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I read that “most sellers” are not going to stick to a reserve price — in other words, a seller will say he needs at least $775,000 but if the auction ends with a high bid of $721,000, the seller will likely take it. In other words, all they need to see is the auctioneer’s good effort and they will agree to the high bid regardless.

Really? Most sellers? The vast majority of auctioneers across the United States report that most sellers know exactly the least they can take for their [real] property due to knowing exactly what they owe on it, and other closing costs and needed net-to-seller proceeds associated with the transfer. Even if they don’t know this number, the auctioneer should know it.

Further, these sellers know that they either don’t have any cash to bring to closing — or don’t wish to bring cash to closing — so their minimum is essentially fixed. In other words, in our prior example, $775,000 is the number and they aren’t going to accept less ($721,000) just because of an auctioneer’s brilliant marketing.

Let’s ask another question … is this [real] property worth $775,000? If so, why didn’t the auction realize that price or more? Is the property worth only $721,000? If so, why did the auctioneer have an auction with a minimum bid or undisclosed reserve of $54,000 over the market? Either constitutes clear malpractice.

As we have discussed with 1,000’s of auctioneers around the United States, auctions realize more for the seller [the most for the seller] when a property is sold absolute or with a minimum published bid of [about] 70% or less of market value. This is true because either method maximizes the bidder pool, which then maximizes price.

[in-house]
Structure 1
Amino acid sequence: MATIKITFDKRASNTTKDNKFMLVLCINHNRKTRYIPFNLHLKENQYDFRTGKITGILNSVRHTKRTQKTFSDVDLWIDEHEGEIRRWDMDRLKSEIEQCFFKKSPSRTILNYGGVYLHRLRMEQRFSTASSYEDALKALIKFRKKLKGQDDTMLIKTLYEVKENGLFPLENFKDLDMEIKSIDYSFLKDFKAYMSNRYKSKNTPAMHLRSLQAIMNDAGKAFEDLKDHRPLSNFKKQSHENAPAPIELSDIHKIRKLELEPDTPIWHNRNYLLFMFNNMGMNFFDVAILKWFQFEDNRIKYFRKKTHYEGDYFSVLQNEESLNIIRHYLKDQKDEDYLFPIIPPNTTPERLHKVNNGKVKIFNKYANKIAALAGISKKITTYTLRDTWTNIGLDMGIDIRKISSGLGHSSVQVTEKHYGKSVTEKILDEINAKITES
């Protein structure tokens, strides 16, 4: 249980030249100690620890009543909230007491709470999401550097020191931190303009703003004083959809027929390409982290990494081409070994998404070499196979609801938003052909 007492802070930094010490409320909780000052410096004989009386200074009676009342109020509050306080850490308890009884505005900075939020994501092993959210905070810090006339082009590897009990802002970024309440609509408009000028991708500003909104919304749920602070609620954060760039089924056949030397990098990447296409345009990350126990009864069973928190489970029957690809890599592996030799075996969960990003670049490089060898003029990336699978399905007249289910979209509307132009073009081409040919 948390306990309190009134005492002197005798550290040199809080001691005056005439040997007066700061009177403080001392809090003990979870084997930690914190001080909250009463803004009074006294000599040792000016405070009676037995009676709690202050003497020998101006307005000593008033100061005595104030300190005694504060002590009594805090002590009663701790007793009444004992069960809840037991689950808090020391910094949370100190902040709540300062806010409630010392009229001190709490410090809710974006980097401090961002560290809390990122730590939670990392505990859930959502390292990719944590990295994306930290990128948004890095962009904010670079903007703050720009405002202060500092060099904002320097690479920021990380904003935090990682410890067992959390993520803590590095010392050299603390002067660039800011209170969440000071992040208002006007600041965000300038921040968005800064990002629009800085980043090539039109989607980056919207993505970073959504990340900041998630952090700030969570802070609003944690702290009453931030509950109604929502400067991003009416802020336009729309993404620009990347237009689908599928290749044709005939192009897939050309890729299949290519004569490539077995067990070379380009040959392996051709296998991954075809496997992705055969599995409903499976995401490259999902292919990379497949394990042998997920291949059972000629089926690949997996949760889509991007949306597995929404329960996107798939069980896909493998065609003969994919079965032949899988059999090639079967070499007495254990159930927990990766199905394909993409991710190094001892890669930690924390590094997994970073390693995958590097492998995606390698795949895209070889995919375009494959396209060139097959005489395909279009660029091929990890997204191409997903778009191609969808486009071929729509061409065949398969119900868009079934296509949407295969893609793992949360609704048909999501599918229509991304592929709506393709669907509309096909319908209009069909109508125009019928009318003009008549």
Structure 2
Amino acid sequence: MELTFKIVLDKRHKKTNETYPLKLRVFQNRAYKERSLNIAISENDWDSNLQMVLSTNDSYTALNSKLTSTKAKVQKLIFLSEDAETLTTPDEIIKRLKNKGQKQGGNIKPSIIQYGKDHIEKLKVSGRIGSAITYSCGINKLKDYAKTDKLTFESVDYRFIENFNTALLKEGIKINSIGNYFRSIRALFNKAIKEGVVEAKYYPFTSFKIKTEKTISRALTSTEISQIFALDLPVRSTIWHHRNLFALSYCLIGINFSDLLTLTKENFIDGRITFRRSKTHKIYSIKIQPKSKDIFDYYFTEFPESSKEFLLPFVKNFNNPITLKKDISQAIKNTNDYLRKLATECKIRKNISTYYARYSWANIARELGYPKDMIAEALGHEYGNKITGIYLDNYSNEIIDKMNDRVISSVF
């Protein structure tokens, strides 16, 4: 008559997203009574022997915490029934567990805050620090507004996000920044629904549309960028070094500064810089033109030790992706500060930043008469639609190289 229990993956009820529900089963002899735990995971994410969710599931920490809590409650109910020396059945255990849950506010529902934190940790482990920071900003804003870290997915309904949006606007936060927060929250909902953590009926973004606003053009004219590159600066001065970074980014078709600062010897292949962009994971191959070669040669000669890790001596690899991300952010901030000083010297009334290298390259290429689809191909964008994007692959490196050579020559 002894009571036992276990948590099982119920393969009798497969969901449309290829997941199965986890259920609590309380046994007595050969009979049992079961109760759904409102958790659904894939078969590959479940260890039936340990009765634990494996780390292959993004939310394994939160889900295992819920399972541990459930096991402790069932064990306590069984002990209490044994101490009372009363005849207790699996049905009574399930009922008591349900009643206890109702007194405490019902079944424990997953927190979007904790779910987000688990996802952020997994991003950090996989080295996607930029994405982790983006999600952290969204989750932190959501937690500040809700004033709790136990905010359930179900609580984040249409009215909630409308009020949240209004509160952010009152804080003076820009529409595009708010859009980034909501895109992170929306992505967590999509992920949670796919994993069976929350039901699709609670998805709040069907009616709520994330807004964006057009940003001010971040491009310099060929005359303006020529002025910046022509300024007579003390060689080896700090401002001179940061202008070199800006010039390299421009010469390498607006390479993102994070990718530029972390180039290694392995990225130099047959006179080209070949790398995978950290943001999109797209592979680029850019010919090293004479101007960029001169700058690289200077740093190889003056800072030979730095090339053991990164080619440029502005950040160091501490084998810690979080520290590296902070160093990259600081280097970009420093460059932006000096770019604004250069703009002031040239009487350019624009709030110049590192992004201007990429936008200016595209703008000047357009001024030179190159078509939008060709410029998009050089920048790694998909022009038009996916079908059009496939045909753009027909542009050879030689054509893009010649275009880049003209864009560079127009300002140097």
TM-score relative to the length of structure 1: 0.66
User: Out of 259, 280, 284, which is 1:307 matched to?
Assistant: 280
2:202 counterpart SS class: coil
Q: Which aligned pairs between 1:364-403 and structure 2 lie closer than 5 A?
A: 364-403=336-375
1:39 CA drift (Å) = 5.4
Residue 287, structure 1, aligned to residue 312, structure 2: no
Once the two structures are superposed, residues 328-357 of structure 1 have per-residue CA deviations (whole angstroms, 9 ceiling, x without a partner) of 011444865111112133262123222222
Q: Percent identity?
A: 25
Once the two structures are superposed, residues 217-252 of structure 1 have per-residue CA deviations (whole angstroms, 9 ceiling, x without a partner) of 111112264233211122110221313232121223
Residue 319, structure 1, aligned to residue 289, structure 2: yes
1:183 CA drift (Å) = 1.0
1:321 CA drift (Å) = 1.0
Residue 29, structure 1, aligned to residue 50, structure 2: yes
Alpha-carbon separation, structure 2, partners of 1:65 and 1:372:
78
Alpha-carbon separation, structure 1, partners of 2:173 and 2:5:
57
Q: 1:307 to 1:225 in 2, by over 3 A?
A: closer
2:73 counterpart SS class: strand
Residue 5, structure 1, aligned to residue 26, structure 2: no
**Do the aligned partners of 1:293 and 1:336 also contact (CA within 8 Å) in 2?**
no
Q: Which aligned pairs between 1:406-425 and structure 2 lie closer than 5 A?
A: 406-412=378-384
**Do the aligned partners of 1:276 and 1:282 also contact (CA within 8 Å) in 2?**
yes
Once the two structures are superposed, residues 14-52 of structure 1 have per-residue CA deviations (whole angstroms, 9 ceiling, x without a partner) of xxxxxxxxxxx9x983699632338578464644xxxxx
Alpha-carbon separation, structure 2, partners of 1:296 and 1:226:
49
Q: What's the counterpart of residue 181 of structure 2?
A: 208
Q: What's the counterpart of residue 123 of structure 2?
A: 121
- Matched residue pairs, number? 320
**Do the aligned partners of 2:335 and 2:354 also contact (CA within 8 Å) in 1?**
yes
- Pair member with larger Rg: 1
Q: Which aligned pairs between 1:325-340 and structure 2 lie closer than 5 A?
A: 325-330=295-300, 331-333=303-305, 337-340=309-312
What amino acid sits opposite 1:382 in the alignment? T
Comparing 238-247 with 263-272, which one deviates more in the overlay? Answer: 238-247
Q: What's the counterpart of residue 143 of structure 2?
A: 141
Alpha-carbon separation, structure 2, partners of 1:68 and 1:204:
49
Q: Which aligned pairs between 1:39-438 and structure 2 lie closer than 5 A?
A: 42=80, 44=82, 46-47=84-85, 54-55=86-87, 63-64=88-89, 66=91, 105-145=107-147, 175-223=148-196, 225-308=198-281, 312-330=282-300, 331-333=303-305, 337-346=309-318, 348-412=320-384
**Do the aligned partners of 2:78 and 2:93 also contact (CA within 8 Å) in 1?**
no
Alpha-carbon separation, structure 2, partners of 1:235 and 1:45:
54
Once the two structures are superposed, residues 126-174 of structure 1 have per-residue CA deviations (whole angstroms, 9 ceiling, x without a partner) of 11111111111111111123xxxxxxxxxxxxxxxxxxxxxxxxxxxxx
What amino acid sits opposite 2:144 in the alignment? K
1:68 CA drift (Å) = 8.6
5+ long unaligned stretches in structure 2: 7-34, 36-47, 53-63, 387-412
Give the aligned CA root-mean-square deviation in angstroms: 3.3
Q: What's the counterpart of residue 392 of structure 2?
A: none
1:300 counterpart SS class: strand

Here’s another issue with a $775,000 published minimum bid auction — another interested bidder thinking he can only pay $750,000 (for example) won’t show up since the minimum is in excess of his maximum. Further, bidders learn the published minimum bids are not reliable and that they can’t trust the auctioneer’s advertising.

“That’s why we don’t publish the minimum bid nor reserve” is typically the retort; except what do bidders want to know when something is being sold at auction? “Is it selling to the highest bidder?” and/or “What is the least the seller’s willing to accept?” With an unpublished (undisclosed) reserve the answers are “No” and “I can’t/won’t tell you.” Good luck maximizing the number of bidders with that plan.

As we’ve said before, if the seller can sell absolute, then that’s clearly the best option. If the seller needs a minimum bid of 70% (or less) of market value then conduct a published minimum bid auction. If the seller wants more than market value or wants to conceal the reserve price, maybe an auction is not the best choice and possibly he should market his property in a traditional listing model — or not put the property on the market at all?

Finally, if you as an auctioneer are advertising an “opening bid” or “nominal opening bid” that isn’t the actual “minimum bid” the seller is willing to accept, you are misrepresenting the auction and deceiving bidders who would obviously consider your “opening bid” as an actual “minimum bid.” As such, you can and should do better.

Mike Brandly, Auctioneer, CAI, CAS, AARE has been an auctioneer and certified appraiser for over 30 years. His company’s auctions are located at: Mike Brandly, Auctioneer, RES Auction Services, and Goodwill Columbus Car Auction. He serves as Distinguished Faculty at Hondros College, Executive Director of The Ohio Auction School, and an Instructor at the National Auctioneers Association’s Designation Academy and Western College of Auctioneering. He is faculty at the Certified Auctioneers Institute held at Indiana University and is approved by The Supreme Court of Ohio for attorney education.